In a city devoid of high rise buildings, the towers of the exhibition could be seen from across Christchurch, drawing people to its main gate at the end of Kilmore Street. After paying for a ticket and passing beneath a sign which proclaimed “Haere Mai”, visitors would cross a bridge spanning the Avon River. There they would find themselves standing amid carefully planned lawn gardens where they would decide whether to venture into the impressive building before them, or, perhaps if they were accompanied by children, to proceed to the various forms of entertainment that were to be found in the surrounding grounds.
If the grand Italianate façade proved too alluring, then visitors could ascend the front steps to discover what lay within. There, in the foyer, they could ride an electric elevator to the balcony of the southern tower where they were presented with a view of the city. Proceeding through to the Grand Hall, with its domed ceiling set at a height of 90 feet, visitors would enter the main exhibition hall. Here they would find the multitude of exhibits to which the building was dedicated.
The world in Hagley Park
In the machinery hall they could find examples of industrial progress ranging from motor vehicles to ice making machines. The Railway Department exhibit even housed a locomotive engine which had recently been built at the workshops in Addington. In the Department of Tourists and Health Resorts Court, visitors could explore a recreated Rotorua complete with a working geyser, a hot pool and children who would dive for pennies.
The courts dedicated to other imperial colonies allowed visitors to look upon minerals from Canada or purchase table grapes from Australia. In the Art Gallery they could view an extensive collection of British art or find the inspiration to participate in the Arts and Crafts movement. For those whose interest lay in native flora there was the fernery, a circular room with a green tinted glass ceiling where visitors could stroll amidst eighty different species of New Zealand ferns accompanied by waterfalls and pools of trout.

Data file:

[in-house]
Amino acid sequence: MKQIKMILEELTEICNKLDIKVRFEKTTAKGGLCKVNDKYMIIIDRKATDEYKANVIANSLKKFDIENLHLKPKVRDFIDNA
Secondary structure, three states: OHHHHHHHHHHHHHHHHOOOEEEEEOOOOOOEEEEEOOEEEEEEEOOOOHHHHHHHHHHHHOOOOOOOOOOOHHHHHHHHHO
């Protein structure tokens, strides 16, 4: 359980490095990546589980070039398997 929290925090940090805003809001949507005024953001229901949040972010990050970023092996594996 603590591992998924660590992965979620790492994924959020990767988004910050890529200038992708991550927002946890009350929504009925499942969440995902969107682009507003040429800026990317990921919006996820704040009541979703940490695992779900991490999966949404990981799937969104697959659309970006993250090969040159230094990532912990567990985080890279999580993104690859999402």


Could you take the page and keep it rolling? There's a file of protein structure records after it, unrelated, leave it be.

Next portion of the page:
At the concert hall visitors could listen to performances by an orchestra under the direction of conductor Alfred Francis Hill, while moving pictures, a new form of entertainment, could be viewed in the neighbouring Castle Theatre.
Wonderland on Victoria Lake
Despite the exhibition’s emphasis on trade, industry and social development, the draw card for many visitors was not the exhibits but the amusements that were to be found in the grounds outside the main building. Scattered around the southern and eastern shores of Lake Victoria was a range of side shows and rides collectively called Wonderland.